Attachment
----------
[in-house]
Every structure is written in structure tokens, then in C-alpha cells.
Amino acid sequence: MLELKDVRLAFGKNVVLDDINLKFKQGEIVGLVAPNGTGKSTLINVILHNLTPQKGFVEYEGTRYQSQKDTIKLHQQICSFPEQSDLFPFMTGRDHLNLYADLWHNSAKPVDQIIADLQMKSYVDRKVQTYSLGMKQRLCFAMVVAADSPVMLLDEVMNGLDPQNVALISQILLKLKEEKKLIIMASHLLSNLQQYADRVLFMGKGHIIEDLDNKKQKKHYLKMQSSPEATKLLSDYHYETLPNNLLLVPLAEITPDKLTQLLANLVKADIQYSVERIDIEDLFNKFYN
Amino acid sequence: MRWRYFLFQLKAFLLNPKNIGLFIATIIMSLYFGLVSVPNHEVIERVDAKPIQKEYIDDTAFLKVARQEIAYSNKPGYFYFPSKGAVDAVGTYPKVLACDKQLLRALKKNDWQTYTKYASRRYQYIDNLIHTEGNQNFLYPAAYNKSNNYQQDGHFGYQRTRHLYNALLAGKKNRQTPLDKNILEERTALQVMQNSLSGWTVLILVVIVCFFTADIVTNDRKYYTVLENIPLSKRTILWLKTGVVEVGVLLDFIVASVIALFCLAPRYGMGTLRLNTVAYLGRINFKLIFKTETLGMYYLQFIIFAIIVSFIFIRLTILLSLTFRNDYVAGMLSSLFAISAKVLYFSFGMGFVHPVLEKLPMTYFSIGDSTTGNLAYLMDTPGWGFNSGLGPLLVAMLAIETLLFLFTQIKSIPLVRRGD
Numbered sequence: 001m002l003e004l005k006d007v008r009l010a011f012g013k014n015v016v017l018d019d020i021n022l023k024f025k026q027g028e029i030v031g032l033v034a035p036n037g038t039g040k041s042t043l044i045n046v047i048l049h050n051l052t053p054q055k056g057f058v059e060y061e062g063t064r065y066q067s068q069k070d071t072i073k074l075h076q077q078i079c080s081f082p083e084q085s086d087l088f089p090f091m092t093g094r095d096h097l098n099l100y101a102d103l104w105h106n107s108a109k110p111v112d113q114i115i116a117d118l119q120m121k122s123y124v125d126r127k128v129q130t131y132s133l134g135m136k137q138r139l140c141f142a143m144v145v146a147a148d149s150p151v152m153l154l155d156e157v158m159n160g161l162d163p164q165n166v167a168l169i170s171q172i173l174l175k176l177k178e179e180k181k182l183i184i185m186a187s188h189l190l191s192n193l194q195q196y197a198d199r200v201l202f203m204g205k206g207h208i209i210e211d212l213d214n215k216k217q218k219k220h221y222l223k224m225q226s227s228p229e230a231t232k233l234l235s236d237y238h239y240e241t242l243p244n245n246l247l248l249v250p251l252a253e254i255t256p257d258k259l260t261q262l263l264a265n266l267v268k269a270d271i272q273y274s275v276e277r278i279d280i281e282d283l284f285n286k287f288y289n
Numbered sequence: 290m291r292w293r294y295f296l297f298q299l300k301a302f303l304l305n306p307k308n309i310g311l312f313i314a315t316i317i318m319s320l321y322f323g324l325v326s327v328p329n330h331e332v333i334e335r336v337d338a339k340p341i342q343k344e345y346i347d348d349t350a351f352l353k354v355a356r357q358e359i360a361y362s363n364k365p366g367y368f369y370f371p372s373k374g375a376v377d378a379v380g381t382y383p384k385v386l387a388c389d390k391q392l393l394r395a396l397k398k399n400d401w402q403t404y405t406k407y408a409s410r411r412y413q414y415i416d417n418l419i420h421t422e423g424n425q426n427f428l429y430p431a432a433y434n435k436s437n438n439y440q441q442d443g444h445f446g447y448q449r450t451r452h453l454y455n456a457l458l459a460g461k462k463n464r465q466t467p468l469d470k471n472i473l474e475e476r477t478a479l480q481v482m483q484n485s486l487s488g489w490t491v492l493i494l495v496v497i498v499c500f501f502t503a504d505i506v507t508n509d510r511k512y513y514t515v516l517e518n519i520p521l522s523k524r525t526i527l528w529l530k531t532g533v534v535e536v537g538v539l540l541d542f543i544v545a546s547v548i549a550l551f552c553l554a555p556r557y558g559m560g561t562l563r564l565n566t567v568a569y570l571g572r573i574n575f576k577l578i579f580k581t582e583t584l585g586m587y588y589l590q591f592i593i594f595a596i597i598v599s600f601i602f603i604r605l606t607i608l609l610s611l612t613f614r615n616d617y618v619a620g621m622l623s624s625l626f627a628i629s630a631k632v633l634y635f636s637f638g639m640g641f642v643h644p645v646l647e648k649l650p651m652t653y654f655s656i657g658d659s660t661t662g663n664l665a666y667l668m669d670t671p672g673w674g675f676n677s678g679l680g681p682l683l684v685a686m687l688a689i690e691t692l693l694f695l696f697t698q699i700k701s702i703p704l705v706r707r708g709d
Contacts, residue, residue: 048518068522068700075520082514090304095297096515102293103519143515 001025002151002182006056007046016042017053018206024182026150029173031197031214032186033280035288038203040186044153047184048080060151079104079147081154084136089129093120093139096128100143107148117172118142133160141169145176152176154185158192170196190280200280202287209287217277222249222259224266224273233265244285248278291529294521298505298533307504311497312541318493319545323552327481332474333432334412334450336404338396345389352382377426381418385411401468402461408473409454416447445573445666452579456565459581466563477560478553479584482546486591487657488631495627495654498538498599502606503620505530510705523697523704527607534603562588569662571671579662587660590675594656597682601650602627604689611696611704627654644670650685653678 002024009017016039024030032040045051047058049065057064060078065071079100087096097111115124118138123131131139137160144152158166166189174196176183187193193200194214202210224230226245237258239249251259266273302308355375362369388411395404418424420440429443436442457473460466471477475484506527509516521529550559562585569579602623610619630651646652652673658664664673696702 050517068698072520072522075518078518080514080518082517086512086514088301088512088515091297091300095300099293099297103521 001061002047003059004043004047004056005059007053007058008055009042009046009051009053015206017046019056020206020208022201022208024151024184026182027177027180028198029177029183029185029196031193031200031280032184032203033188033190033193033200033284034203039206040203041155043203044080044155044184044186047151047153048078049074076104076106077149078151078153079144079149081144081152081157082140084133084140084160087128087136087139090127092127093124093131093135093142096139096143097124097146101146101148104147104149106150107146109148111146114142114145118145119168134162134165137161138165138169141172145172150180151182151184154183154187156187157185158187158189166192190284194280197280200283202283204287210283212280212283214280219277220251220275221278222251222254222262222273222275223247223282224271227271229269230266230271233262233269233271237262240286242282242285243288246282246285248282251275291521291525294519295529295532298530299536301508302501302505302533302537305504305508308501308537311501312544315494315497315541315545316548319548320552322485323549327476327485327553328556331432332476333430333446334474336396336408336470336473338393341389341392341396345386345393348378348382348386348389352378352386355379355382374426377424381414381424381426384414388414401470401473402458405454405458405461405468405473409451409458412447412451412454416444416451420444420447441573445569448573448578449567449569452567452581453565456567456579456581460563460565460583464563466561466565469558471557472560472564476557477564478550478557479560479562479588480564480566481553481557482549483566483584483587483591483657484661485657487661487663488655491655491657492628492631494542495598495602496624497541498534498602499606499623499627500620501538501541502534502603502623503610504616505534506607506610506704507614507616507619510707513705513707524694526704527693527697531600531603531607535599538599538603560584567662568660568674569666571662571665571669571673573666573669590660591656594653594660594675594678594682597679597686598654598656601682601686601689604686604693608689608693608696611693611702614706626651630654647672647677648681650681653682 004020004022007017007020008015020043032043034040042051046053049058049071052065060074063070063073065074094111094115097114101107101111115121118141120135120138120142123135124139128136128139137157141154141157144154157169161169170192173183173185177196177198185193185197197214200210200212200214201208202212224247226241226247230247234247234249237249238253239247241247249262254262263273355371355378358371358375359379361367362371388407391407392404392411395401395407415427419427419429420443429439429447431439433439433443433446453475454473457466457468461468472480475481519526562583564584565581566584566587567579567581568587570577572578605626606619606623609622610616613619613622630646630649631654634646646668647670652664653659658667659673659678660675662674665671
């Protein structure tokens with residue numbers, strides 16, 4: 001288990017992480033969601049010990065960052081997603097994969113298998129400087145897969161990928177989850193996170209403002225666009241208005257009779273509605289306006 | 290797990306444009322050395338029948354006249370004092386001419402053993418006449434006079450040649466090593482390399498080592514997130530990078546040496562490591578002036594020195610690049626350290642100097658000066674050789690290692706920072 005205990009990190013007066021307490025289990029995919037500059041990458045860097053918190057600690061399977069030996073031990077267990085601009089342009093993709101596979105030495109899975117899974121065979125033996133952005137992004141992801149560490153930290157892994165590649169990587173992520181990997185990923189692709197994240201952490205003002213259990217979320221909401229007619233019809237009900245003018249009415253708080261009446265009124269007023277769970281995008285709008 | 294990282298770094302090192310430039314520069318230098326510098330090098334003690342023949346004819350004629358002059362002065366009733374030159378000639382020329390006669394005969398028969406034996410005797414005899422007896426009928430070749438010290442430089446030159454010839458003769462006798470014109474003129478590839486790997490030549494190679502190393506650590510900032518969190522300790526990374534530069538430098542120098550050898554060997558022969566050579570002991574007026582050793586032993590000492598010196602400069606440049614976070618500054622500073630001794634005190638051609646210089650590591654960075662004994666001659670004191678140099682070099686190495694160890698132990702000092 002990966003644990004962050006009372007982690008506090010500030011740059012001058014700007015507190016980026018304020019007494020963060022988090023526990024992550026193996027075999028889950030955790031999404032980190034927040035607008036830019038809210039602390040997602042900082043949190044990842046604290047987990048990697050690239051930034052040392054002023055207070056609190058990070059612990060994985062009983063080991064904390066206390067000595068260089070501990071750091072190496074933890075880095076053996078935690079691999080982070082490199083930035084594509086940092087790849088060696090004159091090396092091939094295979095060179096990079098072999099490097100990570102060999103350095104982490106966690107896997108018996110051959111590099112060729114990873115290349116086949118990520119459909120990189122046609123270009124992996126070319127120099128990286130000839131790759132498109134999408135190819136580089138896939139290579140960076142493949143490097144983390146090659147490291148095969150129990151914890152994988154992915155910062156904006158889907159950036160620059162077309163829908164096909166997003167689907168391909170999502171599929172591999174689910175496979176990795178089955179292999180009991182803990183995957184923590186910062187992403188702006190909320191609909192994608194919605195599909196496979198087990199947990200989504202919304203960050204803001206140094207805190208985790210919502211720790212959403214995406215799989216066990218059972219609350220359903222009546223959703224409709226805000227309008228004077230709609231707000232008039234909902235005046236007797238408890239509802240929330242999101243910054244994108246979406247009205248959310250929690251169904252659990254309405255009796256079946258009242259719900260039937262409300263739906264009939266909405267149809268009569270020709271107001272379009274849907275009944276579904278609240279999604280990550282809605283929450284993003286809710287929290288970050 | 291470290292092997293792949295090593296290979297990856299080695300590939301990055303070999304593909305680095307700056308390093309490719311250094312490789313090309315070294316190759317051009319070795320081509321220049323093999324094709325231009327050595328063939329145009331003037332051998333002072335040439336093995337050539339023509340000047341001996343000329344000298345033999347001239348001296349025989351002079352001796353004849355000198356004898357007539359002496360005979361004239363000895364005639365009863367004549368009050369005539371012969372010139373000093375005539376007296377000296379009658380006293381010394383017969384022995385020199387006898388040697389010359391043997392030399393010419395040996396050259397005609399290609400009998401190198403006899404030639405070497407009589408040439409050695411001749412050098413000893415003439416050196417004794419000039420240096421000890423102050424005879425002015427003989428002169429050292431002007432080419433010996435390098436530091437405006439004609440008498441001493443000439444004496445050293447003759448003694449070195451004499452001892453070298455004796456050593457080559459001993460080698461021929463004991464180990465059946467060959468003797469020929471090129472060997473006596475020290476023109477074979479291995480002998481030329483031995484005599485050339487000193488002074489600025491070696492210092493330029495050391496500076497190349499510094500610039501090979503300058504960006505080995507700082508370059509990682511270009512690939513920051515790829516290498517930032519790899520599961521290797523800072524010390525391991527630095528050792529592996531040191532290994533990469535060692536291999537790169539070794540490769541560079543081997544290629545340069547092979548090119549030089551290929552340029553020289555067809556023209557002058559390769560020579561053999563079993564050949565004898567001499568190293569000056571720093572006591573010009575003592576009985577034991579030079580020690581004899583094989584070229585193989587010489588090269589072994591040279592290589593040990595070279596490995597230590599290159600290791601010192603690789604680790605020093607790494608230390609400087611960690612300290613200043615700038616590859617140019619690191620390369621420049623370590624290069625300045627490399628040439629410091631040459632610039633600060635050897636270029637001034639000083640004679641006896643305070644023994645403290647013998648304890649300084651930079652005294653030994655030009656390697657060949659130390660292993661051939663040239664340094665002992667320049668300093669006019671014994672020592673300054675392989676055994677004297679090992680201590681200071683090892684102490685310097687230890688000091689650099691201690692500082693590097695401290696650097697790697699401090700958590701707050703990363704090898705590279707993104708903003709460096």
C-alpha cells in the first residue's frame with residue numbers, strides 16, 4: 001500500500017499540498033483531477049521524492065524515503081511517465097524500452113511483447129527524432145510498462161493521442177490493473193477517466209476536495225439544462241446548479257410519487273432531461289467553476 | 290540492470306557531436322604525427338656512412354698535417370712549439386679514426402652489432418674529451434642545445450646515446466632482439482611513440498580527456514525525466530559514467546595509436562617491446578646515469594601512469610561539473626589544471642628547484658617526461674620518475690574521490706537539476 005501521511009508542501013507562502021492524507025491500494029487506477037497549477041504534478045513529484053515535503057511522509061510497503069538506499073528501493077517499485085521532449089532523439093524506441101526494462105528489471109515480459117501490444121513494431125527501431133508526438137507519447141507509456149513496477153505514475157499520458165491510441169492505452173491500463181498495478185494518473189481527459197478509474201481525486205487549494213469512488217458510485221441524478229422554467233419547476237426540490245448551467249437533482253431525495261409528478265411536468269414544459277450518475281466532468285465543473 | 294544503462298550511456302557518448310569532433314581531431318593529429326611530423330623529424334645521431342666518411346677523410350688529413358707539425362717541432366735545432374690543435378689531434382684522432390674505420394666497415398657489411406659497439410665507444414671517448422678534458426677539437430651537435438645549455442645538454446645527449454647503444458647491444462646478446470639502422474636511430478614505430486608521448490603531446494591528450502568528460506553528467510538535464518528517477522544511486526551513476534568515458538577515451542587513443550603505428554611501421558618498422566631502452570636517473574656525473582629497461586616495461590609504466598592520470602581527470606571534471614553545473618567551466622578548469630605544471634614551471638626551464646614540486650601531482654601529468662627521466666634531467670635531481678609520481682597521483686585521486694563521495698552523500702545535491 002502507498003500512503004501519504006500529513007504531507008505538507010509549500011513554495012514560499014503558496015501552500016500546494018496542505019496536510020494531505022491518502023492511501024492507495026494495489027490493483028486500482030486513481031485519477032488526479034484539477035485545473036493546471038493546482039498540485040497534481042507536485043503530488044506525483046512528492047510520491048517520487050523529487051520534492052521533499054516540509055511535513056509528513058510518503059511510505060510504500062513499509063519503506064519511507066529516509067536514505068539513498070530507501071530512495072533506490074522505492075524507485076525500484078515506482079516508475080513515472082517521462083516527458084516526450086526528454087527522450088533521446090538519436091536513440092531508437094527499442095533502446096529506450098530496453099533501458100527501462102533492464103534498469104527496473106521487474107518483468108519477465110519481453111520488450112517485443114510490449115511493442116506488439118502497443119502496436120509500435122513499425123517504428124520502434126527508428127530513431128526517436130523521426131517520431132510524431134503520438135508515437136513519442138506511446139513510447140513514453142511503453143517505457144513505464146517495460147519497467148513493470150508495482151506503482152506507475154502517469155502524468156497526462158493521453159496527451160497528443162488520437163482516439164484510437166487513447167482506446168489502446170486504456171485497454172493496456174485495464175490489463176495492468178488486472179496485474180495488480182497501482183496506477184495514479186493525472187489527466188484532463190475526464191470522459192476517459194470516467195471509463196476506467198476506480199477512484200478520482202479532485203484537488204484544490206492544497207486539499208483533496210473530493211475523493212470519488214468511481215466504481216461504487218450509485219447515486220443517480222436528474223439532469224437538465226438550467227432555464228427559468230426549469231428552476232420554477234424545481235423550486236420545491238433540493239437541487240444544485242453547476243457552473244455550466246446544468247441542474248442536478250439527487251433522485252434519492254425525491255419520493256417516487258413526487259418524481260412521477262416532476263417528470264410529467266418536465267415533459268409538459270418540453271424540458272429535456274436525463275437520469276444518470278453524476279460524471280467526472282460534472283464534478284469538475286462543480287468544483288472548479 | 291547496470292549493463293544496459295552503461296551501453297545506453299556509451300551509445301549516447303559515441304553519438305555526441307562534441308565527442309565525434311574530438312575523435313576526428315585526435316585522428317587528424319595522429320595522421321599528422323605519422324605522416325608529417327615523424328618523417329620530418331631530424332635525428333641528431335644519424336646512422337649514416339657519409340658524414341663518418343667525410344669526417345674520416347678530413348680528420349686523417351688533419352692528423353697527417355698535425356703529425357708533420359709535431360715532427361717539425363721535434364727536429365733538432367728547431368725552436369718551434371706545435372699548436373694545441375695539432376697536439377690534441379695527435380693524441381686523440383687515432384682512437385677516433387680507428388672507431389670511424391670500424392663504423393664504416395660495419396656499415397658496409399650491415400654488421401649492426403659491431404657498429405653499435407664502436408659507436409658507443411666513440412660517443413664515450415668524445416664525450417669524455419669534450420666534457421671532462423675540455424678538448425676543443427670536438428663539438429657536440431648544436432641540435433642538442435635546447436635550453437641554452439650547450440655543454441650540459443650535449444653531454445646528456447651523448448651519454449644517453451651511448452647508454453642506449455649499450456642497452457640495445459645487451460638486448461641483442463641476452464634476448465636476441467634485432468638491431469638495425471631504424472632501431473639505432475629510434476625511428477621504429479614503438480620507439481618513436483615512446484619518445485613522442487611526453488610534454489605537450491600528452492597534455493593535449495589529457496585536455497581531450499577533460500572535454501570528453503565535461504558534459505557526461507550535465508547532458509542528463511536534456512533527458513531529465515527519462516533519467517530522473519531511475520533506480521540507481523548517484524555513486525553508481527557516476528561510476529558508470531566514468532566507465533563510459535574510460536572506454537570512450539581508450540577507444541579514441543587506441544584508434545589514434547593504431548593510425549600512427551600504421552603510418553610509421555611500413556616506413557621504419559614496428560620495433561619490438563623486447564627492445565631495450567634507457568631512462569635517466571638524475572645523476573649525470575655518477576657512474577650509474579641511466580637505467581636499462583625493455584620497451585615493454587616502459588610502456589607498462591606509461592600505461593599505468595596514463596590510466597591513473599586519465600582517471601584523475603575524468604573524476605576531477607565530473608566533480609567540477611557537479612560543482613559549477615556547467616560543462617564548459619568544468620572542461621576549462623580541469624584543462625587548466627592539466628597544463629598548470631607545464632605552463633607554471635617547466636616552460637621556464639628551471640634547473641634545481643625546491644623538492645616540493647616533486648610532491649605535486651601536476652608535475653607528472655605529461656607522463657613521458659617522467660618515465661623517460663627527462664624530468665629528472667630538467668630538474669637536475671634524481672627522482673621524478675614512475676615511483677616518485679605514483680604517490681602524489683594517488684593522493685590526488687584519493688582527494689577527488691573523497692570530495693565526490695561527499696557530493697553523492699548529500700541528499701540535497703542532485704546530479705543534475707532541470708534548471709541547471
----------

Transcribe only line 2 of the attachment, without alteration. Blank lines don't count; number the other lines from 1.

Every structure is written in structure tokens, then in C-alpha cells.